A Rooks takedown 30 seconds into the period knotted the score a 3-all. Mills went up 4-3 with an escape.
      “Hard work and determination, that’s how anybody gets here,” Mills said. “I’ve been staying focused, getting it done in the classroom and on the mat. I always have a thought about my last loss and it pushes me to go hard and be stronger.
      “I just stayed focus and do whatever Snyder tells me to do and don’t have a smile on my face. We get it done at Brownsburg. Nobody practices as hard as us. It’s an exciting atmosphere in that room.”
      Mills now has two state runners-up (106 in 2015 and 120 in 2017) and a third-place finish (106 in 2016) to his credit as well as three regional, two sectional, two conference and one county tournament title to his credit.
      He said the Bulldogs are all focused on one goal.
      “We always break at practice on ’State Champs!,” Mills said. “The team got it done in individual and Team State (in December in Fort Wayne) this year. Nothing can stop us. Nothing should decide that besides our selves.”
      Mulkey, who also wrestled at 132 this season and tends to spar with bigger teammates, also talked about the workouts that again made Brownsburg top dogs in Indiana wrestling.
      “We have fun sometimes,” Mulkey said. “We plays games at the end and before practice. From 3:20 to 5:20, it’s hard work. It’s all business.
      “We definitely push each other in practice. It gets a little feisty sometimes. But we love each other as a team. We just battle each other and make each other better everyday.”
      Mulkey quickly went up 2-0 in the finals against New Palestine senior Alec White before being pinned in 3:32.
      A year ago, Mulkey placed third at 120. He is a three-time conference and county tournament champion and two-time winner and the sectional and regional level.
      Five other Bulldogs — seniors Rickie Clark (fourth at 285), Isaac McCormick (seventh at 220) and Anthony Cicciciarelli (lost in the first round at 170), junior Nathan Walton (third at 182) and freshman Drake Campbell (fifth at 106) — were at the State Finals
      There will be a celebration in Brownsburg. Then it’s back to work.
      “It’s exciting,” Snyder said. “We return 10 starters and three guys who where under the lights. They get tomorrow and Monday off and we have open room on Tuesday to start our off-season.”

      1902 1

      Karl's Komments: Quarterfinal Clashes

      As we move to the 2nd round on Saturday morning, the following commentary is based purely on my opinions. Please feel free to use anything said as motivation. In this article, I will feature what I believe will be outstanding quarterfinal matches. It could be based on rankings, rivalries or just a hunch.
      Karl’s Quarterfinal Clashes
      Don’t stay out too late on Friday night as the lightweights will be rocking and rolling early Saturday morning. My top potential match up at 106 is a doozy:
      #7 Drake Campbell – Brownsburg vs. #4 AJ Black – Shenandoah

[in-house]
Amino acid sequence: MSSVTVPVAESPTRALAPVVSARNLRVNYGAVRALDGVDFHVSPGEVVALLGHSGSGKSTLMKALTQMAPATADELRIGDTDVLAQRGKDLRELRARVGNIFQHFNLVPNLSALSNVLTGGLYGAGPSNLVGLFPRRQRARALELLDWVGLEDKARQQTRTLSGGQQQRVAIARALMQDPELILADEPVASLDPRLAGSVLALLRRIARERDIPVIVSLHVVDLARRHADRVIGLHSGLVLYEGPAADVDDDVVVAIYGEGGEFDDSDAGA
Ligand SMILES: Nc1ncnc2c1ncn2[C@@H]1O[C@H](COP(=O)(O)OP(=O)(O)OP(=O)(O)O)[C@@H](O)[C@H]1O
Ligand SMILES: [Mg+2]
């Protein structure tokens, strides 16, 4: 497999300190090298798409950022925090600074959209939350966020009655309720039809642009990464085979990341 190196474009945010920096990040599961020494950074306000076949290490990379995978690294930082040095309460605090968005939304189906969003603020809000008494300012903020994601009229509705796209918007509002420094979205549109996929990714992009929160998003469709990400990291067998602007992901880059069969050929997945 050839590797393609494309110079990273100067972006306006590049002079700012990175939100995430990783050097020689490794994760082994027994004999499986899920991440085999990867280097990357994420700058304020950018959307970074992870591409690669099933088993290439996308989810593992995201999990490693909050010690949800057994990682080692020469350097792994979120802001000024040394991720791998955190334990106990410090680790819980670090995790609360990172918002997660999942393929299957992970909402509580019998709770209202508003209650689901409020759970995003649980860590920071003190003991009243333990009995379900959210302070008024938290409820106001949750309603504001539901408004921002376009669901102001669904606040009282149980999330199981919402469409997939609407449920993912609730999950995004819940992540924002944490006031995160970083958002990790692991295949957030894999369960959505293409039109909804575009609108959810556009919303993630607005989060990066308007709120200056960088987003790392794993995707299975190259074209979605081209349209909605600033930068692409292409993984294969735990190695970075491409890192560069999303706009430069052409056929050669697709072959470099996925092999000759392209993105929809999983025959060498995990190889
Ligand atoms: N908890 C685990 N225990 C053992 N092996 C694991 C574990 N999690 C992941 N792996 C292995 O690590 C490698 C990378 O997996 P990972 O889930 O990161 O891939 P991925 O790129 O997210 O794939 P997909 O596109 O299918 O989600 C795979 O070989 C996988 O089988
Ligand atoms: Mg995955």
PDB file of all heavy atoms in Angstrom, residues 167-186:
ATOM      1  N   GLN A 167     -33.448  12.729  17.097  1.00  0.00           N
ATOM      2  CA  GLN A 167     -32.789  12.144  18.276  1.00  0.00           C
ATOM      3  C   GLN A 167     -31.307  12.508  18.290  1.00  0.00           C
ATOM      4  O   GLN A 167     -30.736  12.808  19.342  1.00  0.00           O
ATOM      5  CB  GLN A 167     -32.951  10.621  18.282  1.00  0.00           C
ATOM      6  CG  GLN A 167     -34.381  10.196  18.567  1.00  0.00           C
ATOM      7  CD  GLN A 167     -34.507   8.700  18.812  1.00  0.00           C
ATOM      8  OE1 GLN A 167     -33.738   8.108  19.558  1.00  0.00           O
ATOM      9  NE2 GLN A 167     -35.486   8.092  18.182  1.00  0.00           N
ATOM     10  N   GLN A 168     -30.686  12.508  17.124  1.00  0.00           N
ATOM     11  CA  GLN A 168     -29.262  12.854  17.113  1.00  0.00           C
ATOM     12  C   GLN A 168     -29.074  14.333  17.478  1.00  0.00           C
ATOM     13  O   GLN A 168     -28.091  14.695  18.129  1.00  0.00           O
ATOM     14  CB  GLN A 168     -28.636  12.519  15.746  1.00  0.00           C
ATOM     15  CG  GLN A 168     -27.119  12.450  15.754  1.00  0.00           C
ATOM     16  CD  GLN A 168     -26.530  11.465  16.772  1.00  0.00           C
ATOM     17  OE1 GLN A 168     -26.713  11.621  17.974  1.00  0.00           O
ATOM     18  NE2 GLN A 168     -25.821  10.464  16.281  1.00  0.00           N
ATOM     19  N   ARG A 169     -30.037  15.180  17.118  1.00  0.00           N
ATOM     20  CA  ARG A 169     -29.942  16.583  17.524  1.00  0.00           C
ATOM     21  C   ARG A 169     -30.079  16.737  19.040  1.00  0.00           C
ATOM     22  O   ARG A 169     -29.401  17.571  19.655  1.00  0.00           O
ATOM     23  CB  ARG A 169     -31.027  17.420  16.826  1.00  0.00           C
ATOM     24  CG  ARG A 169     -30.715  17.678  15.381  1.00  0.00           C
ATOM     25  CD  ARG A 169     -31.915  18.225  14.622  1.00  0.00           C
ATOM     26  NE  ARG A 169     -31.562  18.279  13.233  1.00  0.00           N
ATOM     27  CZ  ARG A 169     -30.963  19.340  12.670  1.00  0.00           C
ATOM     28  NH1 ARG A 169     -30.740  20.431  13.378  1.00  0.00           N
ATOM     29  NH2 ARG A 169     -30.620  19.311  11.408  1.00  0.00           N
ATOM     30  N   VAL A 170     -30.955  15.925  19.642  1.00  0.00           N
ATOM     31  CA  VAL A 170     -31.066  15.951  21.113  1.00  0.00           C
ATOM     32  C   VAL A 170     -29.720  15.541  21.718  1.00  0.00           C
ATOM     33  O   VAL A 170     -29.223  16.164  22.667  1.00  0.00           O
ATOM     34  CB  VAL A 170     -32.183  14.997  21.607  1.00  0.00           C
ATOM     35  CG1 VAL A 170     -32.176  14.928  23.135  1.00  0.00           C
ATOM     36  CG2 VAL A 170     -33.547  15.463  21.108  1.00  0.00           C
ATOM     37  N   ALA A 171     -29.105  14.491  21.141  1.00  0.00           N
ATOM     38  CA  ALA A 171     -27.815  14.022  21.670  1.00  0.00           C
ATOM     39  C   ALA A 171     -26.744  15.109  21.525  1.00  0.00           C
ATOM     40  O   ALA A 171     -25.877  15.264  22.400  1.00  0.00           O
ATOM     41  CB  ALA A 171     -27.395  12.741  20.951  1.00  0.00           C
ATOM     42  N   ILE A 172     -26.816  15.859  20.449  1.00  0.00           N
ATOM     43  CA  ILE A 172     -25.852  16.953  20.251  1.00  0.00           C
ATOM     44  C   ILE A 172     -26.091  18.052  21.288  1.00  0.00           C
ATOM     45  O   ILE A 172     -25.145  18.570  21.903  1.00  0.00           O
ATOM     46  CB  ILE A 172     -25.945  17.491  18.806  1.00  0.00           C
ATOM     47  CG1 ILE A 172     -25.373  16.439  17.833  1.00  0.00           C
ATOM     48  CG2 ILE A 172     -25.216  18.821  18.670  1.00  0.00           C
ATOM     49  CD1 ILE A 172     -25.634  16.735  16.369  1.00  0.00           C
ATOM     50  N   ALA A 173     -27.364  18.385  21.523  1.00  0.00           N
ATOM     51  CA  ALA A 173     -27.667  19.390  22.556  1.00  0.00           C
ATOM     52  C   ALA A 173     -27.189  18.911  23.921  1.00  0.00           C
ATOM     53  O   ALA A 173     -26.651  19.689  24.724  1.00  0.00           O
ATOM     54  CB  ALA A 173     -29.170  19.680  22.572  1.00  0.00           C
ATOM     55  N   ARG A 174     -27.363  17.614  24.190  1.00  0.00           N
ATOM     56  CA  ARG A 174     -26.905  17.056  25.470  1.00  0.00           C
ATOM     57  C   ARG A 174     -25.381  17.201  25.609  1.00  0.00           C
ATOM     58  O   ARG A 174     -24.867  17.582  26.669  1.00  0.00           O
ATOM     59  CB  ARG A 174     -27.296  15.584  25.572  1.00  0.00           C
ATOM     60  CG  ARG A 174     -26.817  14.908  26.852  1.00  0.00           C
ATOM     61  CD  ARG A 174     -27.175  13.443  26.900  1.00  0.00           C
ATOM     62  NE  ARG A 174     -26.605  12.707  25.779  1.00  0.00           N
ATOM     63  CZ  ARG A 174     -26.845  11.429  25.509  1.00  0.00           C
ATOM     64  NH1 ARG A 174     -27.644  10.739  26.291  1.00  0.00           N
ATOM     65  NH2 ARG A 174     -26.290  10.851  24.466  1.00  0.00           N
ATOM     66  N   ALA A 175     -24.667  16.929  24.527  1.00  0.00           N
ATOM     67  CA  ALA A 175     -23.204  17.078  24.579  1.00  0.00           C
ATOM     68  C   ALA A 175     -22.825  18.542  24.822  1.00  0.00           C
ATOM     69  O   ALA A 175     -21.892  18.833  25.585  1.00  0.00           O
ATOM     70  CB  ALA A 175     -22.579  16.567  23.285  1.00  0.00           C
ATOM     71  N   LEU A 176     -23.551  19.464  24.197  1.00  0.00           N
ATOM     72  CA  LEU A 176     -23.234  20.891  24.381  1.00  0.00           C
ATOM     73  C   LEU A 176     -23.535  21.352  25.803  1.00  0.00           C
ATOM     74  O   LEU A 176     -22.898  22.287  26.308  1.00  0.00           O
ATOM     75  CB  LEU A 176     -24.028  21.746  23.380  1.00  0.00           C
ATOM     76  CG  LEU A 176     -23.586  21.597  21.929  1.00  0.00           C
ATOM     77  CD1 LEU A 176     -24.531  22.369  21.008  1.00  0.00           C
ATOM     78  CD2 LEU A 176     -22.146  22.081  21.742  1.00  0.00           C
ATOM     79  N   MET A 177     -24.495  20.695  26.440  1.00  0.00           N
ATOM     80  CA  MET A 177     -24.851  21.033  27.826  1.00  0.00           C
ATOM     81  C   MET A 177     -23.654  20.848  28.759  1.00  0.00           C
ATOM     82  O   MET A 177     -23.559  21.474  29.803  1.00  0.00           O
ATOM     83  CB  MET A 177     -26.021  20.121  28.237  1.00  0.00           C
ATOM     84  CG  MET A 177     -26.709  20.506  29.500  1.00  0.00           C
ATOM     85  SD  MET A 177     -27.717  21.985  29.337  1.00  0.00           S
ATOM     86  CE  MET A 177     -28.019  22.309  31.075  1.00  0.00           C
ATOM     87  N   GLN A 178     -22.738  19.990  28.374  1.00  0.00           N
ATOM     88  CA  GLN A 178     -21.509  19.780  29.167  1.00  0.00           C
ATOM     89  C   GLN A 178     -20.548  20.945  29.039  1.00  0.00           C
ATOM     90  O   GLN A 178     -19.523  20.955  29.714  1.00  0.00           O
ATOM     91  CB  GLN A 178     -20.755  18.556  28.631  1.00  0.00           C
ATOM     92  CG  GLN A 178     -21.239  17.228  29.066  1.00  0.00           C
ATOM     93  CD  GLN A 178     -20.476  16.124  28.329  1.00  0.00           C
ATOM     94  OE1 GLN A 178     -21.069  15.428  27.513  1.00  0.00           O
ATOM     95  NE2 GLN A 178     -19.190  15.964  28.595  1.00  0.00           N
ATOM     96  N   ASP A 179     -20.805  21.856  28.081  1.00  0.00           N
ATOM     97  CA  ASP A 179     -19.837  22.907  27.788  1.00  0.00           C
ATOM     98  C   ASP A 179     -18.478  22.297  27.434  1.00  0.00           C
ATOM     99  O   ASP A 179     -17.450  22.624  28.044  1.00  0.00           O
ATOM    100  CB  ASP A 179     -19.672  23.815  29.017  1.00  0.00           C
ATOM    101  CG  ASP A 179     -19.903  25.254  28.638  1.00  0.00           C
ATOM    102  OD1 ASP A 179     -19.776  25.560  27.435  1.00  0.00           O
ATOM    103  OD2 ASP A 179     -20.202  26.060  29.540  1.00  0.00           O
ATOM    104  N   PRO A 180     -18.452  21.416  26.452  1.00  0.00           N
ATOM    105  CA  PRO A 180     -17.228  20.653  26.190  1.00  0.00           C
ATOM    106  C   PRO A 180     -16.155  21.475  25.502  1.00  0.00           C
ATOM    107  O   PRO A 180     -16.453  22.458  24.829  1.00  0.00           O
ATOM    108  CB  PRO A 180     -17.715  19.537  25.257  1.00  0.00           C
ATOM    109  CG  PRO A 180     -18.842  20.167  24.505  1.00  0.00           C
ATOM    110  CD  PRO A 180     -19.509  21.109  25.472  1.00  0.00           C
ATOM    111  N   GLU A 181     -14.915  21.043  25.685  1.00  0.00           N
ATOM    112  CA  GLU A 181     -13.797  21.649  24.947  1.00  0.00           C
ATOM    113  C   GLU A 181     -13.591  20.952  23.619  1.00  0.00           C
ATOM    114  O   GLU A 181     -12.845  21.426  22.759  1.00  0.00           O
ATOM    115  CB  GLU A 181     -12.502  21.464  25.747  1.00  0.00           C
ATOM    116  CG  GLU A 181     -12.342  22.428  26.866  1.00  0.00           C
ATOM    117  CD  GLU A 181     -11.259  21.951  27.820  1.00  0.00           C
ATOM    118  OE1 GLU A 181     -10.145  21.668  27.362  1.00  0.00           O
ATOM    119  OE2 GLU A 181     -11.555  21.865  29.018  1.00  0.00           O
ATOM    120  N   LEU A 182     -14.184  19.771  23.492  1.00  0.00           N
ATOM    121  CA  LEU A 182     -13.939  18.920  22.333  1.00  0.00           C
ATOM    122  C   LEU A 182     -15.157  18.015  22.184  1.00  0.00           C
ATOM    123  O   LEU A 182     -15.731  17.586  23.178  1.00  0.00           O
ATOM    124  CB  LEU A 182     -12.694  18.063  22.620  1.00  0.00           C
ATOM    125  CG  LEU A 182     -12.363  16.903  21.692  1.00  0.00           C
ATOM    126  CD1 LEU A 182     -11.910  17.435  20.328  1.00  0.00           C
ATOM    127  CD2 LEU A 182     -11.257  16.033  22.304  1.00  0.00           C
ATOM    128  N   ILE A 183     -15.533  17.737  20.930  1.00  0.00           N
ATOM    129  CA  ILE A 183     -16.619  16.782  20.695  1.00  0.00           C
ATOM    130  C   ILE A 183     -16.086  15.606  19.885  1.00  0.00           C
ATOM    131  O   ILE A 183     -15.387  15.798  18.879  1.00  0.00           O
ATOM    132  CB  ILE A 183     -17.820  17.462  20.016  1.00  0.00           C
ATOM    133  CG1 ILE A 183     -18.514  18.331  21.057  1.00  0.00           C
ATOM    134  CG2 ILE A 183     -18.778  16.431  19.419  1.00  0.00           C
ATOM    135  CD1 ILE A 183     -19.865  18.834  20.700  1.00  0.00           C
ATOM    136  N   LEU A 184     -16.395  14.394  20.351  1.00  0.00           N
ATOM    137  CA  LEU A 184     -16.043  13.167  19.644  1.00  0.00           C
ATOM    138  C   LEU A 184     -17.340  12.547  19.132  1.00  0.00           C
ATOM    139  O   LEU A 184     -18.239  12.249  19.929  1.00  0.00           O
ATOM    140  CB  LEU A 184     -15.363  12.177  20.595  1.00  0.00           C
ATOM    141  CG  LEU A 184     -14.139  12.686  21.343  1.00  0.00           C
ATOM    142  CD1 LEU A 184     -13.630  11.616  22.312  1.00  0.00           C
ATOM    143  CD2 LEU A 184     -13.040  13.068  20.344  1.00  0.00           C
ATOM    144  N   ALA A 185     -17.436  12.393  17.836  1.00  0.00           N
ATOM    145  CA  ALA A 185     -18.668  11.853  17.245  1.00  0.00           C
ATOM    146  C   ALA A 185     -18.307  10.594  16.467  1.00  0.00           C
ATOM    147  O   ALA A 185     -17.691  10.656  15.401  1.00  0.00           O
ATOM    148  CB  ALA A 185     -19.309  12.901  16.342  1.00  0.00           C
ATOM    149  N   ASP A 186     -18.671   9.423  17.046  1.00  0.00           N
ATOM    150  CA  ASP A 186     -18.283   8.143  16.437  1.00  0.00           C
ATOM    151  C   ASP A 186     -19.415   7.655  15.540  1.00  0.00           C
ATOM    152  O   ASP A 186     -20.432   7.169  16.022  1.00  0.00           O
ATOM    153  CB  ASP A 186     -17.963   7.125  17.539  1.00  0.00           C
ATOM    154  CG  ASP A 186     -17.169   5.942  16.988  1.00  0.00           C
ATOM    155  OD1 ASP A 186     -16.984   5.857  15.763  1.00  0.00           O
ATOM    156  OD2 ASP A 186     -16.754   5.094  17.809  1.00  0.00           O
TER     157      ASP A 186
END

Coach Snyder will have his flyweight ready as he will be firing up his troops in order to make a run at the state title. Campbell getting to the semi finals would be a huge bonus for the Bulldogs. To reach the semis Campbell will have to be the sophomore Black. Black is from little school Shenandoah but don’t sell him short. He as wrestled and beaten some of the best.
      The final quarterfinal clash in the 113 bracket is most definitely semi final or state final quality:
      #4 Kory Cavanaugh – Penn vs. #1 Asa Garcia – Avon
      Cavanaugh went into last weekends semi state as the prohibitive favorite. A little hiccup puts him in the same quarter bracket with the defending 106 champion Garcia. This match up has the makings of a classic. Penn kids are always able to execute a game plan and Garcia is wrestling with extreme confidence this post season.
      If you only look at the ranking, my pick for the outstanding second round match in the 120 pound class might not make much sense because it pits the 5th ranked wrestler versus the 18th ranked. If you dive deeper you see details that make this a great Saturday morning scrap.
      #18 Tyce Freije – Roncalli vs. #5 Colin Poynter – Portage
      Freije navigated a wicked 120 bracket at New Castle to come out as champion. In the preseason, he was one of the most highly touted freshman in the state. After a few hiccups during the season, Freije has turned it on in the post season. Striving to be his kryptonite is the talented junior from Portage, Colin Poynter.
      In the bottom half of the bracket looms a whale of a potential semifinal battle between #1 ranked Blake Mulkey of Brownsburg and #6 ranked, semi state champion from Cathedral, Jordan Slivka. Slivka avenged an earlier season loss to Alec White at New Castle and like several other Irish, appears to be peaking at the right time. Mulkey was on the same side of the semi state bracket as 2nd ranked Graham Rooks. He lost a narrow one point decision which put him in this quarter bracket. The entire bracket is awesome but this match up stands out.
      The top quarterfinal match up at 132 might be dubbed the “2018 State Finals”. The potential tilt pits the two top ranked juniors in the state. Yorktown’s 4th ranked Christian Hunt is the semi state champ from Fort Wayne. He has just two losses on the season, one of which was to 2nd ranked Breyden Bailey of Cathedral. 5th ranked Ethan Smiley of Beech Grove suffered his first loss of the season last weekend to Bailey. This should be a beauty of a match in order get to the semi finals.